The states north of Delhi, especially Haryana, are diverting 97 percent of the river’s water for domestic, industrial, and agricultural needs.
Raw and partially treated sewage and industrial wastes are poured into Yamuna’s riverbed between Delhi and Agra.
Lack of Awareness:
The most significant challenge is the lack of awareness and understanding of the factors contributing to the river's condition.
The result is that because of diversion, no Yamuna water reaches the cities and towns downstream of New Delhi, which has an adverse impact on the environment, ecosystem, and local residents. The pollution farther downstream renders the water unusable.
Release the Yamuna:
A substantial and sufficient amount of water from the Yamuna must be allowed to enter her riverbed and not be redirected at Haryana. (Government can enact policies that encourage less wasteful agricultural production without creating hardship. The System of Rice Intensification (SRI), for example, enables farmers to cultivate rice using fewer seeds and less water.)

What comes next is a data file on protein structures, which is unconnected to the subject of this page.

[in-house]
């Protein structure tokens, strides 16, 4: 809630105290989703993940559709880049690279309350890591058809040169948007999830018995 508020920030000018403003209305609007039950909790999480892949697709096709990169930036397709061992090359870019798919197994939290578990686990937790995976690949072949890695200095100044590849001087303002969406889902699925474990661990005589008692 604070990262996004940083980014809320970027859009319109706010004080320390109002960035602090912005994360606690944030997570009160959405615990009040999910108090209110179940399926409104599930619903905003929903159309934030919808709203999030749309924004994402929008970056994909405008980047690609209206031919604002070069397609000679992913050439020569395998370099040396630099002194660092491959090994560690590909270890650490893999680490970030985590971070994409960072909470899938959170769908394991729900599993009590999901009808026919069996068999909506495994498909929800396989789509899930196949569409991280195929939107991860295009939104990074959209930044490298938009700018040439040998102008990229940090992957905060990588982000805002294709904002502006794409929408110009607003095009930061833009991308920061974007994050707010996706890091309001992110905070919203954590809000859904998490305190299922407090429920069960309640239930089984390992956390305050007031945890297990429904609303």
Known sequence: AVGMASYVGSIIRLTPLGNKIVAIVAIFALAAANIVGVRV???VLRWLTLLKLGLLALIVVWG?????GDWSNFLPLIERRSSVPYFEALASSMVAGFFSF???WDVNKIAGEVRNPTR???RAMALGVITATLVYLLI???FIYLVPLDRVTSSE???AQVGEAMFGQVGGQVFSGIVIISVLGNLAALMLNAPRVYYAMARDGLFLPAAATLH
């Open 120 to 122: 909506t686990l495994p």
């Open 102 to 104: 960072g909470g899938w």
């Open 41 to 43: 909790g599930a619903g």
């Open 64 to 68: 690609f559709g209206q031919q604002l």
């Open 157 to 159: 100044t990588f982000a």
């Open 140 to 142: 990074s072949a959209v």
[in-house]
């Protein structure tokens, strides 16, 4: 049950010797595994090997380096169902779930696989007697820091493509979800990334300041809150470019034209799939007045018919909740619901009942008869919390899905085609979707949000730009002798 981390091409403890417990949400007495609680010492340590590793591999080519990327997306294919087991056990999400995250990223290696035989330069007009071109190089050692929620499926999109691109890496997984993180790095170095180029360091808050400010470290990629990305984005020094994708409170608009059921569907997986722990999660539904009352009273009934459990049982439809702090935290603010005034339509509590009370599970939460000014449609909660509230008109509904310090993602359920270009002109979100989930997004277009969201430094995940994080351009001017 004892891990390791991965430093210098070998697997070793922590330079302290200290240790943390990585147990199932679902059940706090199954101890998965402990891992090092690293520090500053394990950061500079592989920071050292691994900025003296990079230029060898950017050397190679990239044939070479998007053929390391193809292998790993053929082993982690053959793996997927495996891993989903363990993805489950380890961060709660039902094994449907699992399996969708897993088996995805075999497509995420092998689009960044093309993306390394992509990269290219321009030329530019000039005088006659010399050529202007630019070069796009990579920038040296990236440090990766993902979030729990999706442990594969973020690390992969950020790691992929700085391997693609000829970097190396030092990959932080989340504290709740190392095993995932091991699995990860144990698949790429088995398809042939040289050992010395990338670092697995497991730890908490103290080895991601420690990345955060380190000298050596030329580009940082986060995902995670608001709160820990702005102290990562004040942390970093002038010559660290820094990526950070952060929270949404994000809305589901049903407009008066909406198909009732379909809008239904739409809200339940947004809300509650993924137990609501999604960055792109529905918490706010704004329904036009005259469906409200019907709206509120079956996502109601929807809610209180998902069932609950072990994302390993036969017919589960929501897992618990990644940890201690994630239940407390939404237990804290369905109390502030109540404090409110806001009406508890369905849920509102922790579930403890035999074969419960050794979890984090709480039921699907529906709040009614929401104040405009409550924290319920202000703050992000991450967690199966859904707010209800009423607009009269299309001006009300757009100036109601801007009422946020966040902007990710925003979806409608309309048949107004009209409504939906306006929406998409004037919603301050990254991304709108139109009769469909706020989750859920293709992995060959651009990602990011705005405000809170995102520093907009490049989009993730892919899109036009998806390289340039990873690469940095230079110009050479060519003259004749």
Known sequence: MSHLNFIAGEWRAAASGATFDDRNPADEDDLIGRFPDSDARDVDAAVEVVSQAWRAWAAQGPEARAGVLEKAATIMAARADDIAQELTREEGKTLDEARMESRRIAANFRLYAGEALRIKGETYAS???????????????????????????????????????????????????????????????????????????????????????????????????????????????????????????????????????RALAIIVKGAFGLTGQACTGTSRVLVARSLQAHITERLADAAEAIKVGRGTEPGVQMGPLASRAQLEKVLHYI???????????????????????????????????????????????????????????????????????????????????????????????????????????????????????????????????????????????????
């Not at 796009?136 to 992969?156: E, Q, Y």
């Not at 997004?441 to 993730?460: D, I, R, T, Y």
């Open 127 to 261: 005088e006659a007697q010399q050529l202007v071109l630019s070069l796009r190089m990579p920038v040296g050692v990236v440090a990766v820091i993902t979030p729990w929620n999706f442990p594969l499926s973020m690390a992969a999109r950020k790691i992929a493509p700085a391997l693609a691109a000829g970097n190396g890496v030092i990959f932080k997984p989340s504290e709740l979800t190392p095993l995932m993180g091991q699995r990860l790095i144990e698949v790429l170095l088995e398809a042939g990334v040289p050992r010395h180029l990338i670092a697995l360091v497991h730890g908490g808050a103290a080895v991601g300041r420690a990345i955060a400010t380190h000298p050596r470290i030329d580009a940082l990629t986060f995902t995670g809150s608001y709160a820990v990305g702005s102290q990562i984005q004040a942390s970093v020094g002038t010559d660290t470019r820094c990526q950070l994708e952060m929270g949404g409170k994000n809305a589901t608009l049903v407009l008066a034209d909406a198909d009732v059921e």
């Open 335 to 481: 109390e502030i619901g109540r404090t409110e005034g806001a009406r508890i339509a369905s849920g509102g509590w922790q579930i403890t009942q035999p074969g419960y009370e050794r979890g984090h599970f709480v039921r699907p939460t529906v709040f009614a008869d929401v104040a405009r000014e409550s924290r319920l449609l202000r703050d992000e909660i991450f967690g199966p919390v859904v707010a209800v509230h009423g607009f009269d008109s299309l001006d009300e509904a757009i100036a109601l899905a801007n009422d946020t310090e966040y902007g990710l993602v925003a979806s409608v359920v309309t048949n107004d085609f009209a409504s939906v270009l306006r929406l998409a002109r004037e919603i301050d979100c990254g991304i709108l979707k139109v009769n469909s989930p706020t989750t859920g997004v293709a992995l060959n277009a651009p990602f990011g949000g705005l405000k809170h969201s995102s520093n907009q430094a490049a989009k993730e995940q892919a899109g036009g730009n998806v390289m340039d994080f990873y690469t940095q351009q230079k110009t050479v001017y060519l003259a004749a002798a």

Divert Sewage and Waste:
The sewage and industrial waste poured into the Yamuna at New Delhi and other towns must be treated and directed away from the river’s bed. There are several effective solutions that have been established on other rivers.
Education is a key initiative for the Yamuna Network. Cooperating with environmental engineers, scientists, activists, cinematographers, photographers, and writers, the Yamuna Network will create powerful and informative documentaries and writers, the Yamuna Network will create powerful and informative documentaries